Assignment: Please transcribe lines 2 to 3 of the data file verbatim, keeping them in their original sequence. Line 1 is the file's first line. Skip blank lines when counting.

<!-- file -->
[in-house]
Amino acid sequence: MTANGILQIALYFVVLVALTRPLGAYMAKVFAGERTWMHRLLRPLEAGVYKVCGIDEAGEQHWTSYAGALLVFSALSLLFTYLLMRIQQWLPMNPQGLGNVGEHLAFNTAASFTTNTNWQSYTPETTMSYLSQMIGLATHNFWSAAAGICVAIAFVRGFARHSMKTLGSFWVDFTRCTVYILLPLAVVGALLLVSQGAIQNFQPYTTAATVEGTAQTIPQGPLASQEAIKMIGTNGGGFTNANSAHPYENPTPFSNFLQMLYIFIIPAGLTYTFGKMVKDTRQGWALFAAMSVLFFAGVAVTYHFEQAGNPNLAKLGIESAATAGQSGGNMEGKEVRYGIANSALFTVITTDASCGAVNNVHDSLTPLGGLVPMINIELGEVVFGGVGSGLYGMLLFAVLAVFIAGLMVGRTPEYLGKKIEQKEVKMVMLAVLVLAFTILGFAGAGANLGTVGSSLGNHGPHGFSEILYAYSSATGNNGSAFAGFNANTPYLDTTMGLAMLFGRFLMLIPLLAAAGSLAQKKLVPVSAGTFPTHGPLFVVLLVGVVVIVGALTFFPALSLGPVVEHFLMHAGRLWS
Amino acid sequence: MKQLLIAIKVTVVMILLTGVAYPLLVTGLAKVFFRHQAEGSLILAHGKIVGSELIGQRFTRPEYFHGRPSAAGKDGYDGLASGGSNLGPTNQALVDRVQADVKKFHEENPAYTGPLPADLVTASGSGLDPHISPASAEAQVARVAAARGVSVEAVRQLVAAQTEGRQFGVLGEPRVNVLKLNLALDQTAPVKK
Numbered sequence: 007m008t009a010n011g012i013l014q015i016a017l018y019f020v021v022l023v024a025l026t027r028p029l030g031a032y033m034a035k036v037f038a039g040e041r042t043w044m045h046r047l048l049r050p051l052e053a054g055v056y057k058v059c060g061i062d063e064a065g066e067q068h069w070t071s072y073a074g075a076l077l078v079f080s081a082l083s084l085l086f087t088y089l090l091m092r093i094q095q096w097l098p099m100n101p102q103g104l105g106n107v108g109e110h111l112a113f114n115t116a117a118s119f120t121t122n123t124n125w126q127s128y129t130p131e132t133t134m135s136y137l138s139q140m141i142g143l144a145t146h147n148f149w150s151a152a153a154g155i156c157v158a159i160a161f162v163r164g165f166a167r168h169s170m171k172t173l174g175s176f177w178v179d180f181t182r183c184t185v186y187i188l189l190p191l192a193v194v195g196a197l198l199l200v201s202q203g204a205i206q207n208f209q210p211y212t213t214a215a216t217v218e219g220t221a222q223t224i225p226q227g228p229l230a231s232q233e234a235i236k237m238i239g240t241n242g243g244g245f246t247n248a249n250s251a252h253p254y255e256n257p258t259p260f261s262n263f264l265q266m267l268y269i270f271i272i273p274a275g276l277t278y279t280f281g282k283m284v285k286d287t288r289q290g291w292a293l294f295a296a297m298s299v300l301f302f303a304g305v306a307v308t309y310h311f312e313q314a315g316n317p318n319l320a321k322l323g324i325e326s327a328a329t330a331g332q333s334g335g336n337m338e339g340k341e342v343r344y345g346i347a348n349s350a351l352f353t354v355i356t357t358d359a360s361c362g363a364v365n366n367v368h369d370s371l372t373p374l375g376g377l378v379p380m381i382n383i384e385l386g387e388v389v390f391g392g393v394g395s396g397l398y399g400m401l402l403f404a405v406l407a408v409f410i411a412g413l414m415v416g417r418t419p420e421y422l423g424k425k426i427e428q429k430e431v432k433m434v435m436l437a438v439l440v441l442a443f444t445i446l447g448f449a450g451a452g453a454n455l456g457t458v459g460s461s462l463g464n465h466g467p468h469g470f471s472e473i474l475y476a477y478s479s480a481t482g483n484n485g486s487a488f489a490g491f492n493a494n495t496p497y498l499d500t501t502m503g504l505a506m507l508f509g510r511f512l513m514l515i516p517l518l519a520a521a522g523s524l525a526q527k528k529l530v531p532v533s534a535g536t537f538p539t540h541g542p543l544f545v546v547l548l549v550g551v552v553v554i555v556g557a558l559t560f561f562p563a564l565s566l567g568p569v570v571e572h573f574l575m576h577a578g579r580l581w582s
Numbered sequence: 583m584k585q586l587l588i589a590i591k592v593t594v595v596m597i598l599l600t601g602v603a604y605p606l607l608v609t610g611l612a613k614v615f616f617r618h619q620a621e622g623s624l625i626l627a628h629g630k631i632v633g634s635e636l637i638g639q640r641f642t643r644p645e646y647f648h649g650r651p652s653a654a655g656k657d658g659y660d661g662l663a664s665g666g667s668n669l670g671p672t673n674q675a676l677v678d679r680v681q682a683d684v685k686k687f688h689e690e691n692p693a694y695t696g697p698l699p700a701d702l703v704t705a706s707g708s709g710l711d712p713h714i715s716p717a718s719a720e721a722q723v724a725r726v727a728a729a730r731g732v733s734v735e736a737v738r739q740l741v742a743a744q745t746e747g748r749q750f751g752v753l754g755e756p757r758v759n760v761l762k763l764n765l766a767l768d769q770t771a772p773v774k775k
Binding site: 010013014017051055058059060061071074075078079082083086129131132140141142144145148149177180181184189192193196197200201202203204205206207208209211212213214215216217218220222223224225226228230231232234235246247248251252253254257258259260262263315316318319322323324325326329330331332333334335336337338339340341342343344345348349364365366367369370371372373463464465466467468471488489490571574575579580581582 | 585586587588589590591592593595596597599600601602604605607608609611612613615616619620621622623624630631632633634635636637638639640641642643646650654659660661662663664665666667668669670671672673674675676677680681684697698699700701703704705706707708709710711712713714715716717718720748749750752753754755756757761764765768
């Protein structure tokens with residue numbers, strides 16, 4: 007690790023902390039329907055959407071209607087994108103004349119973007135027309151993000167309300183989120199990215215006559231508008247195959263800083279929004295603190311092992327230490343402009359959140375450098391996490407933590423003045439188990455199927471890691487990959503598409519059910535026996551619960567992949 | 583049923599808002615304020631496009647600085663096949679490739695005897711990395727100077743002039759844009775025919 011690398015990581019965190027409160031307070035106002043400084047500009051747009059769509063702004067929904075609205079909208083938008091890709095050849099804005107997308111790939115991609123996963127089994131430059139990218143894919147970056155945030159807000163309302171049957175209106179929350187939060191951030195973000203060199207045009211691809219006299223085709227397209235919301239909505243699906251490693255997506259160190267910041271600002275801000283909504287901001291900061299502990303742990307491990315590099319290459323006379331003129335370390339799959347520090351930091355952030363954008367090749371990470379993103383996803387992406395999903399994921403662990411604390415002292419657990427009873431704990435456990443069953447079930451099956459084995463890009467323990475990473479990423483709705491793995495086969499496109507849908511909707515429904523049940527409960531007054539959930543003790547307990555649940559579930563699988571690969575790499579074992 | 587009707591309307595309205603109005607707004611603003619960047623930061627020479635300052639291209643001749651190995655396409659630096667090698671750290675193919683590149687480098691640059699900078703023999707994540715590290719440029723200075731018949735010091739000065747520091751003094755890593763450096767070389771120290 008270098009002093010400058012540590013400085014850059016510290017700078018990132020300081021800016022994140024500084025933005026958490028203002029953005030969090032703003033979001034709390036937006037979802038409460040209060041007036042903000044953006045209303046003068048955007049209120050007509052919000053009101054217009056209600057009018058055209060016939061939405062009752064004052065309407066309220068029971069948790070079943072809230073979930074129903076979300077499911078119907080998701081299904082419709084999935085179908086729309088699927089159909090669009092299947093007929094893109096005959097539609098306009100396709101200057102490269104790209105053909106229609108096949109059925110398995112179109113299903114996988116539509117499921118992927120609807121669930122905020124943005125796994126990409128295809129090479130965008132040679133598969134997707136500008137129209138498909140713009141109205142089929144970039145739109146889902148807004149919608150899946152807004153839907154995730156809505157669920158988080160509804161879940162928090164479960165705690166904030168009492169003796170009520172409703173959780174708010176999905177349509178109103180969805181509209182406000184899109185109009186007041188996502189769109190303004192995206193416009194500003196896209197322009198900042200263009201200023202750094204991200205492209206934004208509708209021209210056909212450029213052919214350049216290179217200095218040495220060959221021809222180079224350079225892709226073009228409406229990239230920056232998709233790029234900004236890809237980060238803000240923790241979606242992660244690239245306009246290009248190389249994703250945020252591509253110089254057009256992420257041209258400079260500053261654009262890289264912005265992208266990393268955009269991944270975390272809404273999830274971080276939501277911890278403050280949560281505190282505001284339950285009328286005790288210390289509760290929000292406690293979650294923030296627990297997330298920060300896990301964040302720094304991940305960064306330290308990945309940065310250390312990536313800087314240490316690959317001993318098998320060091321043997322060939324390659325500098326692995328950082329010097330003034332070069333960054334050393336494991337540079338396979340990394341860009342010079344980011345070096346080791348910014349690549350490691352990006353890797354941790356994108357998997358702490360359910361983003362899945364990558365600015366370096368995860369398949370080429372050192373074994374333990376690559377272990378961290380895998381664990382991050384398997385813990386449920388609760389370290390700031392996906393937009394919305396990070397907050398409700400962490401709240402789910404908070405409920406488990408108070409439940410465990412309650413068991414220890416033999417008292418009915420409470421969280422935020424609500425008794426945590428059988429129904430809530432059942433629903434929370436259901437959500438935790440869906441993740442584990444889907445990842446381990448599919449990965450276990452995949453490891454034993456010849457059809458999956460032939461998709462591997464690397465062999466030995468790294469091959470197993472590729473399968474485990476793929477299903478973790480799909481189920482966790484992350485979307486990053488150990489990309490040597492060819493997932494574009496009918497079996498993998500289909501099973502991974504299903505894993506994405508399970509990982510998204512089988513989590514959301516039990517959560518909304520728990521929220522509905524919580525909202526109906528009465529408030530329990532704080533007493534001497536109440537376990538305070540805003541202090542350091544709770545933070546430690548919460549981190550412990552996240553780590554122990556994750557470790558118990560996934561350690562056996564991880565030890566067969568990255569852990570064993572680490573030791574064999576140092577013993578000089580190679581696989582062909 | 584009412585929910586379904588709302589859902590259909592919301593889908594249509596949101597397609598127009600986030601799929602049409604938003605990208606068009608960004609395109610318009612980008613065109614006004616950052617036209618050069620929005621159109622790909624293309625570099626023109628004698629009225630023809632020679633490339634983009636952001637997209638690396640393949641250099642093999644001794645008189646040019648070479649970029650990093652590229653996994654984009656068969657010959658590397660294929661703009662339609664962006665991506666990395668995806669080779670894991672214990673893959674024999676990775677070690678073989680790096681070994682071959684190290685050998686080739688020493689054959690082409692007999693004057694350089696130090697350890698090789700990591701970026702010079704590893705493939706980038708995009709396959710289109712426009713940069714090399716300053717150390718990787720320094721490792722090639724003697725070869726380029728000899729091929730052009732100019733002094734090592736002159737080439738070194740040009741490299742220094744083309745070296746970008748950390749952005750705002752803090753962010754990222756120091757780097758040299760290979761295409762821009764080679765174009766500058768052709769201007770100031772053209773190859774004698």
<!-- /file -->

Amino acid sequence: MTANGILQIALYFVVLVALTRPLGAYMAKVFAGERTWMHRLLRPLEAGVYKVCGIDEAGEQHWTSYAGALLVFSALSLLFTYLLMRIQQWLPMNPQGLGNVGEHLAFNTAASFTTNTNWQSYTPETTMSYLSQMIGLATHNFWSAAAGICVAIAFVRGFARHSMKTLGSFWVDFTRCTVYILLPLAVVGALLLVSQGAIQNFQPYTTAATVEGTAQTIPQGPLASQEAIKMIGTNGGGFTNANSAHPYENPTPFSNFLQMLYIFIIPAGLTYTFGKMVKDTRQGWALFAAMSVLFFAGVAVTYHFEQAGNPNLAKLGIESAATAGQSGGNMEGKEVRYGIANSALFTVITTDASCGAVNNVHDSLTPLGGLVPMINIELGEVVFGGVGSGLYGMLLFAVLAVFIAGLMVGRTPEYLGKKIEQKEVKMVMLAVLVLAFTILGFAGAGANLGTVGSSLGNHGPHGFSEILYAYSSATGNNGSAFAGFNANTPYLDTTMGLAMLFGRFLMLIPLLAAAGSLAQKKLVPVSAGTFPTHGPLFVVLLVGVVVIVGALTFFPALSLGPVVEHFLMHAGRLWS
Amino acid sequence: MKQLLIAIKVTVVMILLTGVAYPLLVTGLAKVFFRHQAEGSLILAHGKIVGSELIGQRFTRPEYFHGRPSAAGKDGYDGLASGGSNLGPTNQALVDRVQADVKKFHEENPAYTGPLPADLVTASGSGLDPHISPASAEAQVARVAAARGVSVEAVRQLVAAQTEGRQFGVLGEPRVNVLKLNLALDQTAPVKK